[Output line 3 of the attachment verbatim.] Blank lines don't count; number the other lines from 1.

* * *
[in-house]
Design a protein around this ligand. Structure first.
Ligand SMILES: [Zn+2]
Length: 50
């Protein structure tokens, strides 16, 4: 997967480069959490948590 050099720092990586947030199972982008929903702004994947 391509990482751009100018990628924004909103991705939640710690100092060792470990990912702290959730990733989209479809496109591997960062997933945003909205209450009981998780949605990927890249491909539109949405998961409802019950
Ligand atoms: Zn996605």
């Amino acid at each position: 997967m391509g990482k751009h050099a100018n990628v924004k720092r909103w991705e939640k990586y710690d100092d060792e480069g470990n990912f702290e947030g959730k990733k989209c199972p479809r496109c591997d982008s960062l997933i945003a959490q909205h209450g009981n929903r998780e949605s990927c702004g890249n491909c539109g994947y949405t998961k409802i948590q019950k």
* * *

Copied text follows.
Ligand SMILES: [Zn+2]